The #4 Ohio State Buckeyes (7-0, 3-0) host the Penn State Nittany Lions (4-2, 1-1) for a Saturday evening game in Columbus.
After winning the first two games of the season, the Nits have alternated L’s with W’s, with their last game an exciting 43-40 win over TTUN two weeks ago. Penn State had a bye week to recover from that game and to prepare for this week’s contest.
This is Coach Bill O’Brien’s (BOB) 2nd year, and he seems to be continuing last year’s success (8-4) under challenging coaching conditions. Although the Lions feature Thunder (Zack Zwinak, 6’1” 240) and Lightning (Bill Belton, 5’10” 205) as their running backs, freshman QB Christian Hackenberg truly leads this offense. Hackenberg is averaging 284 YPG (3rd in B1G) on 26 attempts per game.
His key receiver is junior WR Allen Robinson (43 rec, 16.5 YPC, 5 TD). Robinson is 6’3” and 210 pounds. That presents some physical match up challenges. As you may guess, PSU throws to their TE’s quite a bit, with the 6’7” Jesse James and 6’3” Kyle Carter being the main targets.
Historically, Penn State’s offense has averaged slightly more yards passing than rushing. Not under BOB. In the past season and a half, PSU is running a yardage ratio of 65/35 in favor of passing. This is not your Pa’s Penn State offense by any means.
Meanwhile, Ohio State is coming off a 2nd half will-imposing win against Iowa. It was a return to 2012, as Miller and Hyde carried the running game with 42 carries for 251 yards between them.
Ohio State on Offense Read More
As we inch closer to the opening kickoff on Saturday, no team in the B1G is more intriguing or crucial to the success of the B1G than the Penn State Nittany Lions. Even though they are not eligible for the post season, a successful season would only strengthen the conference as a whole.
As Bill O’Brien enters into his second season, I sat down for a few minuets with statecollege.com writer, Ben Jones, and gathered a few of his thoughts heading into the 2013 season. Don’t forget to follow Ben on Twitter, @Ben_Jones88
1. Heading into the offseason, how much angst was there in Happy Valley waiting to see if Bill O’Brien would stay or not?
I think there was a fair amount of stress for fans the first few weeks after the offseason. Once O’Brien had his sitdown of sorts with the media to hash a lot of the rumor and speculation out I think that for the most part the fear left. Will he ever leave? Probably. But I think for now people expect him to stick around for the next few years.
2. In your opinion, is O’Brien the man to lead PSU through these sanctions and out the other side to relevancy again?
O’Brien is the kind of coach that I think Urban Meyer was. Unknown, and had a chance to prove himself and did and it was all “glory” from there. I’m not saying O’Brien is the next Urba Meyer but I think you can see qualities that he has that other elite coaches have. I think he stays through the sanctions and how Penn State comes out of them will depend on his future with the program. If he were to stay though I think that there is evidence to suggest he would do very well in Happy Valley.
3. Where does the QB battle stand heading into game week? Read More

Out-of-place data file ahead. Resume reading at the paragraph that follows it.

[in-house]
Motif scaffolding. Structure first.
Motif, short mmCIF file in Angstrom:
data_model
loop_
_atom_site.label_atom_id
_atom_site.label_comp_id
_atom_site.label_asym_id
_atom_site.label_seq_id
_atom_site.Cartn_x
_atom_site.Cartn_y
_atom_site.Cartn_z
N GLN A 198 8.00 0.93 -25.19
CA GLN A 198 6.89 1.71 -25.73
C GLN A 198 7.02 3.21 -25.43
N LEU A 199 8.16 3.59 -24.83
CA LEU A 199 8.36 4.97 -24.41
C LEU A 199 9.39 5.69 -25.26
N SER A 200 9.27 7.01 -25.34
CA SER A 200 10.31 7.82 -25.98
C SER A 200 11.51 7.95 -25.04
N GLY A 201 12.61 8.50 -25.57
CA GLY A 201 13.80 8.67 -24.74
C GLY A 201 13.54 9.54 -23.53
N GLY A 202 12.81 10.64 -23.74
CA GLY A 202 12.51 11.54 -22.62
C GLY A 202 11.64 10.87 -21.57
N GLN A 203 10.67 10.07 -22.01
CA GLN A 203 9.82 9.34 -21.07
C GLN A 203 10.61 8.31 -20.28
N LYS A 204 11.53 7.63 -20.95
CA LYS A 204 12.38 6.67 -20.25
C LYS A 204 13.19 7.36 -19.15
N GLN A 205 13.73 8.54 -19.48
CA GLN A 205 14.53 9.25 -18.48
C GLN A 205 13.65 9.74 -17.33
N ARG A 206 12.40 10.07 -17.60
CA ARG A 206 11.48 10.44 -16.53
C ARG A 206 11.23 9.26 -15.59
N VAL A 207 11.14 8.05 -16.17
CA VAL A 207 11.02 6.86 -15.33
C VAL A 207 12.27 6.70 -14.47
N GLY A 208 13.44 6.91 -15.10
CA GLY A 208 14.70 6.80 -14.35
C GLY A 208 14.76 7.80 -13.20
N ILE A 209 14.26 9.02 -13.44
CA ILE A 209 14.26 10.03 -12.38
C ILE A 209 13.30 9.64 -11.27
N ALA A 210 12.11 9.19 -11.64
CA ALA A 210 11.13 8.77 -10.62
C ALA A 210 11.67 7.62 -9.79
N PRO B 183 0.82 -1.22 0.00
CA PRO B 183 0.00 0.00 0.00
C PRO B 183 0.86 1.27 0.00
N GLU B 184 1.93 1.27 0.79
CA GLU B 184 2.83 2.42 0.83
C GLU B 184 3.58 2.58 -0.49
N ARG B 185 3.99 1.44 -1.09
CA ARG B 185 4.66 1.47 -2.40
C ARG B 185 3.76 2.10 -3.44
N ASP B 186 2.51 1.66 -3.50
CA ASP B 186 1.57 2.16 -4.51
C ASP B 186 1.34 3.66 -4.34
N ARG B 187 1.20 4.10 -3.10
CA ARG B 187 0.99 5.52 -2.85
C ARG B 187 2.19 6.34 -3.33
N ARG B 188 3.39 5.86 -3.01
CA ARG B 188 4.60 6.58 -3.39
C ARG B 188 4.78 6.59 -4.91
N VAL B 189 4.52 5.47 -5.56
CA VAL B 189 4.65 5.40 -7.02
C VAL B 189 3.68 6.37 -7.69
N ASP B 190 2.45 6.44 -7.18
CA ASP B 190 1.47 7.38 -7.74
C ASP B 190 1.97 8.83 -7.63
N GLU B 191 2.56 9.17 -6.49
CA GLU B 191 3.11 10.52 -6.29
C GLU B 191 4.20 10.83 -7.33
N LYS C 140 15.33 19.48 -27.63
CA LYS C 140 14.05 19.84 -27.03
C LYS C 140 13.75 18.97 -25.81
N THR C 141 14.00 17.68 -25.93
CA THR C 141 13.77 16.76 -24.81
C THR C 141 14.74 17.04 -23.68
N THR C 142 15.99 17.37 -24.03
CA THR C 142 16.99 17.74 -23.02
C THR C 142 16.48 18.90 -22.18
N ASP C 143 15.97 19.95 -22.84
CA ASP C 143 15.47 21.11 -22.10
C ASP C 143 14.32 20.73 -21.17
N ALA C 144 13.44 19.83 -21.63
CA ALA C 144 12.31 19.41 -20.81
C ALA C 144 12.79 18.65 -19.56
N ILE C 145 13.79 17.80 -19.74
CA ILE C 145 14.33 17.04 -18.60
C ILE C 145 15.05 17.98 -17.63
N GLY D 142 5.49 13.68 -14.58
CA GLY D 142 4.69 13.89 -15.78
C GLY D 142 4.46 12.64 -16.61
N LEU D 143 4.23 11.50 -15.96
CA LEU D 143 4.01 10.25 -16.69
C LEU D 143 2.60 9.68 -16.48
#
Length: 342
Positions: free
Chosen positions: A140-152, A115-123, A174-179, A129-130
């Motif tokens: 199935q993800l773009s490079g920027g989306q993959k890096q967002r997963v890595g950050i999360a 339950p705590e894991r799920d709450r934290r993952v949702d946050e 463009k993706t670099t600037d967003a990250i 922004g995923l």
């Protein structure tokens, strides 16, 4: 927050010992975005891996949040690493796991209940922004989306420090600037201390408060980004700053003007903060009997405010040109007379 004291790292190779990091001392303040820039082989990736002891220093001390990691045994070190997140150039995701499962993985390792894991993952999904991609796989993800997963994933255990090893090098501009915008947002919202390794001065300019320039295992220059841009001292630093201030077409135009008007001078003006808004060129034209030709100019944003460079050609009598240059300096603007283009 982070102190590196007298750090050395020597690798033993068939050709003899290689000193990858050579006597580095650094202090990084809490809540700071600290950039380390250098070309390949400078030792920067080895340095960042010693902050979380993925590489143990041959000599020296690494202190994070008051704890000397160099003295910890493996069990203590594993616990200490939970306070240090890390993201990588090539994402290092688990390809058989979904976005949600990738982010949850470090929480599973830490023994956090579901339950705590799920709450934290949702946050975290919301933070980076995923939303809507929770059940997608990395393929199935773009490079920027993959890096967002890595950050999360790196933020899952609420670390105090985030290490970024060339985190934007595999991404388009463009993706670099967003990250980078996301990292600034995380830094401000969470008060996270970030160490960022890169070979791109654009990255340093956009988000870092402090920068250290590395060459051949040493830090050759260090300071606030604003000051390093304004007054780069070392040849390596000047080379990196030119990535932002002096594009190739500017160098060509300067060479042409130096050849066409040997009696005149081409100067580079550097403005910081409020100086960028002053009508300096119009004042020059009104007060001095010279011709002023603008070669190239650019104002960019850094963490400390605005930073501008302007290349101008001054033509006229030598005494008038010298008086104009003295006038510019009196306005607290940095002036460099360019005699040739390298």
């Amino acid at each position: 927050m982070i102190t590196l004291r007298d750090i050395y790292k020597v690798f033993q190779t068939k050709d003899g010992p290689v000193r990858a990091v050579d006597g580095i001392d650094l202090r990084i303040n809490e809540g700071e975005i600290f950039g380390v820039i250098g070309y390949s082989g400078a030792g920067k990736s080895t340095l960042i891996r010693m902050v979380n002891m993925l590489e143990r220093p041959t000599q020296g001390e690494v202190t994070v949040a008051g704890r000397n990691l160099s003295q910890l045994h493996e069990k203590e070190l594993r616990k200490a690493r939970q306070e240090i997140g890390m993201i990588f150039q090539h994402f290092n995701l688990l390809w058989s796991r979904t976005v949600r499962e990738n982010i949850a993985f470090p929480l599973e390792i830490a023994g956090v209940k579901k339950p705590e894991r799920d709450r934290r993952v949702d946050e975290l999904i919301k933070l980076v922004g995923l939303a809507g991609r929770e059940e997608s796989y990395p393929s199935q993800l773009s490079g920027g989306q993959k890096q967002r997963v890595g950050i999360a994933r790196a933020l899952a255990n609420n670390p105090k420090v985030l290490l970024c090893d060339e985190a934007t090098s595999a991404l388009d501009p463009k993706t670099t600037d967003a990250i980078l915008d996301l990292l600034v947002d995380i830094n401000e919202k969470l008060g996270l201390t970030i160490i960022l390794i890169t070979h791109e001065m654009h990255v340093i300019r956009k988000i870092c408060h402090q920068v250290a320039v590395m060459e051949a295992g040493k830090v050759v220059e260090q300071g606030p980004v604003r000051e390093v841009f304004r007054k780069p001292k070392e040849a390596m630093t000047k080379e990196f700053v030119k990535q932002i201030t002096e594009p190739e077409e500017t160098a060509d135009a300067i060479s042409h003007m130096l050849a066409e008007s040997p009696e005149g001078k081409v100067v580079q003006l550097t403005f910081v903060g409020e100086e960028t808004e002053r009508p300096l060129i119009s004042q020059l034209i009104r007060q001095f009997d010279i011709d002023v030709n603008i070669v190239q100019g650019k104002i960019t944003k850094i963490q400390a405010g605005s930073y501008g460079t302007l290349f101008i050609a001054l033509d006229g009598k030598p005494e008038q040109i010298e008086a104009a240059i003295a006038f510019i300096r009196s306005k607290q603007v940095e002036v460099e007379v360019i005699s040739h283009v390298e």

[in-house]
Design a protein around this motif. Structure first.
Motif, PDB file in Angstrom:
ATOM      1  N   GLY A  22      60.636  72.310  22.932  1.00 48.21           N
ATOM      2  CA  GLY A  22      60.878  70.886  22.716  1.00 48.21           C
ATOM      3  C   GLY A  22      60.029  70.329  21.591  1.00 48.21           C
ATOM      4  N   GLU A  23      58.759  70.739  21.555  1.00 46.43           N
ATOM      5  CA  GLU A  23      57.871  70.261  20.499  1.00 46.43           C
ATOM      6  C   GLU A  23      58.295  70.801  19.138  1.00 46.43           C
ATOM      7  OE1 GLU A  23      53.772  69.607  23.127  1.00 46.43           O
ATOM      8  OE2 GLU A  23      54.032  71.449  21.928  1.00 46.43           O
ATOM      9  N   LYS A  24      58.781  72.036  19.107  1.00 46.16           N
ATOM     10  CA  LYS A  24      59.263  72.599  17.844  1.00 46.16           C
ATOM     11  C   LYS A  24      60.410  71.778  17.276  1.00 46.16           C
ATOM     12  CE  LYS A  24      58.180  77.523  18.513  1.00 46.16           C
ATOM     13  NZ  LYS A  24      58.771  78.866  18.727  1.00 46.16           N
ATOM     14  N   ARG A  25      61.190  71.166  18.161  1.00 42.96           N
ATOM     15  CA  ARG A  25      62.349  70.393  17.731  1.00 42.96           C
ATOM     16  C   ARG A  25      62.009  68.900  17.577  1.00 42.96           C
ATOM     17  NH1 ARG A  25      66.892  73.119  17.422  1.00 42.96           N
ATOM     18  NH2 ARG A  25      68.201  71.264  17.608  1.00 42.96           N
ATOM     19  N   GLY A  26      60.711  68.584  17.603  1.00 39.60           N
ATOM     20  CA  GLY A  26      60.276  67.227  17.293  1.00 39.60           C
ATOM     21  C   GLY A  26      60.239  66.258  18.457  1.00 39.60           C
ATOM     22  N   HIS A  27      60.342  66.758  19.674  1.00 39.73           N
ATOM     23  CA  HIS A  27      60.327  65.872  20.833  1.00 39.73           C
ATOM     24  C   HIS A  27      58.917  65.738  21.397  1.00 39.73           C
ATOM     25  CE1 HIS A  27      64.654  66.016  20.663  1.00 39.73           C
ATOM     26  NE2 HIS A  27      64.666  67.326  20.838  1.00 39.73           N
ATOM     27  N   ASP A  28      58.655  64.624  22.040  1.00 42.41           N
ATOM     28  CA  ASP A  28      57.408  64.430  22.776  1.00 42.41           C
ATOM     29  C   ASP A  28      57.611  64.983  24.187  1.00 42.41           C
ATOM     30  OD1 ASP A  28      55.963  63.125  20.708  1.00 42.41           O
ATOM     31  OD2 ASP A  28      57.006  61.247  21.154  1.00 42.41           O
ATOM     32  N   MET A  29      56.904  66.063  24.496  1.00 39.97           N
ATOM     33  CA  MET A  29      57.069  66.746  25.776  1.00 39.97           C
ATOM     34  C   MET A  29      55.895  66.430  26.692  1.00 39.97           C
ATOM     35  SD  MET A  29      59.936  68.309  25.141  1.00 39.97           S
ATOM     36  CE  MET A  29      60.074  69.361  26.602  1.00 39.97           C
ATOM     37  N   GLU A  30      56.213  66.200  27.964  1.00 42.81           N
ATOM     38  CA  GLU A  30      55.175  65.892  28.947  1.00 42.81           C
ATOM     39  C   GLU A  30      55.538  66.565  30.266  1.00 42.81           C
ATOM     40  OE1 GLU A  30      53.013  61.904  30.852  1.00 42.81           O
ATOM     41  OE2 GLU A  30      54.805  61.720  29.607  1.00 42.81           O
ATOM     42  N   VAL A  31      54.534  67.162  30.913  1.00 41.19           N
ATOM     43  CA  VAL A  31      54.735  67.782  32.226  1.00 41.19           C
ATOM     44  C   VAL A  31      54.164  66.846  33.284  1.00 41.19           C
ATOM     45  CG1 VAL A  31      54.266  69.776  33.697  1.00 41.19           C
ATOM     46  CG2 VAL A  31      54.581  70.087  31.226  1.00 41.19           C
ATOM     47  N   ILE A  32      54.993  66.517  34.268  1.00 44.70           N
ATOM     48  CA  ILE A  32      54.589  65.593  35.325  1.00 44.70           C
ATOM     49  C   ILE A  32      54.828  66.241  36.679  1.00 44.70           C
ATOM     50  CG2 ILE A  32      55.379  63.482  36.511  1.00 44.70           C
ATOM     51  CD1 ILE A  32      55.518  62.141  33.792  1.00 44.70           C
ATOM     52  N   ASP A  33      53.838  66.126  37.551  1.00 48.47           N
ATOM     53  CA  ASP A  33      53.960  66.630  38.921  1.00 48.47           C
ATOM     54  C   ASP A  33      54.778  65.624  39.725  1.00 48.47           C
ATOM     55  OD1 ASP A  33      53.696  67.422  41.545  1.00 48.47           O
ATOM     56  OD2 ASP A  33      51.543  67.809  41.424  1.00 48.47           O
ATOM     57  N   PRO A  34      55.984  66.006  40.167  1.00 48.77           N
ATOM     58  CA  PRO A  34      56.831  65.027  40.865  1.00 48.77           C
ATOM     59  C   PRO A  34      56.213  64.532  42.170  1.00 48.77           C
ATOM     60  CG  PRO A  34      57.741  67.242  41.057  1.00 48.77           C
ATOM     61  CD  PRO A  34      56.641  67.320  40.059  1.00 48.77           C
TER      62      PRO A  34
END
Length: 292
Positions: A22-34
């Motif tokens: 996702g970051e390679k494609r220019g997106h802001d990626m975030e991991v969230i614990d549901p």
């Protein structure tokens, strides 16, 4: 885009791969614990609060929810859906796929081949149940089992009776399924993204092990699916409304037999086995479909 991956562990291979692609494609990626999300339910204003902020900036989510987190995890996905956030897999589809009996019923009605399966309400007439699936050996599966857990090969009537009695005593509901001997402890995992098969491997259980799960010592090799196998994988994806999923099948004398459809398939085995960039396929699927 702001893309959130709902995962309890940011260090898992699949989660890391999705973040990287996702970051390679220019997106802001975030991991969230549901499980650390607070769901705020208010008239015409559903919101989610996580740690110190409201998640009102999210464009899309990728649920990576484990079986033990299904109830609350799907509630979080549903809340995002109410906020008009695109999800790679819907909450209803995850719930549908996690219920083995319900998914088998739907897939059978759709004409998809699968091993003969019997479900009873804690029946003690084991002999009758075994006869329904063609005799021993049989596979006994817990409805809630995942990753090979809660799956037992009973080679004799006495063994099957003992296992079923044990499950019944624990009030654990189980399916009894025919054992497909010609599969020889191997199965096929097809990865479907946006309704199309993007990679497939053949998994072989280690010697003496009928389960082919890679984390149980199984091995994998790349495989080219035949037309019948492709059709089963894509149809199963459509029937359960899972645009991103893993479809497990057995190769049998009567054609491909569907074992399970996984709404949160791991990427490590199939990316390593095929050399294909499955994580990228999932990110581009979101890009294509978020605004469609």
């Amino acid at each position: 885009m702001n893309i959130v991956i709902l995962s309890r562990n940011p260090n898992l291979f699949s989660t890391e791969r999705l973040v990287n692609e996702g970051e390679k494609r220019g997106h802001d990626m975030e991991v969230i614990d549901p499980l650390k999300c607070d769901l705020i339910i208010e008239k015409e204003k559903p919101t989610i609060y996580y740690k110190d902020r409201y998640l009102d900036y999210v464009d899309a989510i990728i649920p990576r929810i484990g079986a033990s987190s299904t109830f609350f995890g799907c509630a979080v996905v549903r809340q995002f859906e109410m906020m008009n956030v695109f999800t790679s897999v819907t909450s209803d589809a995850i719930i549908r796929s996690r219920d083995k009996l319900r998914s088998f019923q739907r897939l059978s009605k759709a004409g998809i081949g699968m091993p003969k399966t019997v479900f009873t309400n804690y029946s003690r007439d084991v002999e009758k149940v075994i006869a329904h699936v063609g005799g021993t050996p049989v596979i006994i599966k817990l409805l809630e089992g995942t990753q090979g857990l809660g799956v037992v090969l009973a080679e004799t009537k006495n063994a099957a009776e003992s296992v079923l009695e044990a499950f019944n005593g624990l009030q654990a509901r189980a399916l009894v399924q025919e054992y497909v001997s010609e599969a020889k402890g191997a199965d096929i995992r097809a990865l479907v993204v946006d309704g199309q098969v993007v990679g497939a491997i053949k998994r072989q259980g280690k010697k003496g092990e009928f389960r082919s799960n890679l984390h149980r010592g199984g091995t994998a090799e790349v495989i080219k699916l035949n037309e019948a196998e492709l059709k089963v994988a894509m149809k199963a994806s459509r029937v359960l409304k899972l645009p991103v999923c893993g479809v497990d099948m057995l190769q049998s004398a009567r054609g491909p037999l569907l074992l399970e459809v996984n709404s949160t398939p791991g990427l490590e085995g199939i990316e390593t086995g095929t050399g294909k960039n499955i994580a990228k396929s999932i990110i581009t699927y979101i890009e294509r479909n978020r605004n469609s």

Slight variation in schedule… think of this as TWTW meets Wednesday’s regular SBP. Here’s the tunes behind the guy behind the guy.
2013 started almost the same way that every other year has started since I can remember… with a slate of B1G Ten games, highlighting how many people who live in the midwest want to flee to warmer climes for some semblance of a vacation. I still haven’t figured out how the scheduling geniuses who have an entire slate of games and “bowl week” to work with decide to run four of them at semi-simultaneous time times, though.
You’ll note that I said “almost”… one of the major differences this year was the lack of Buckeye football; in case you hadn’t heard, they had a one year vacation from the post-season. What’s intriguing about that fact is that we seemingly had it shoved down our throats throughout the regular season by the good folks at the four letter network, and yet I can count on one hand the times I heard the words “Ohio State” or “Buckeyes” thus far in the bowl season. Penn State, too, although you’d think that one of the things that would be covered would be how teams playing got their losses this year; the Rose Bowl’s discussion included the review of their overtime losses, but didn’t mention by name two of the teams that handed those to them.
I guess I shouldn’t be all that surprised, though… you want the games to be celebrations of the teams that are playing, and it’d be a shame to see anything hamper the narrative of next Monday’s “Championship” game; reminding folks of another undefeated team might cast a pall on that sacred moment. However, I don’t seem to remember Southern Cal being erased from the post season even when they were ineligible- their 10-2 record last year was certainly a topic of commentary.
Anywho… Ohio State hasn’t lost a game in over a year, and that can’t be taken away from them or their fans.
So let’s dive into the spectacle that was B1G Tuesday, taking a look at all of the outcomes and then reflecting on what this might “mean” for the conference and college football as a whole. Remember, the results you witnessed might have been different should the two outsider programs be in the mix this season… B1G fans, how are those “you’ve got no bowl game” taunts holding up for you these days?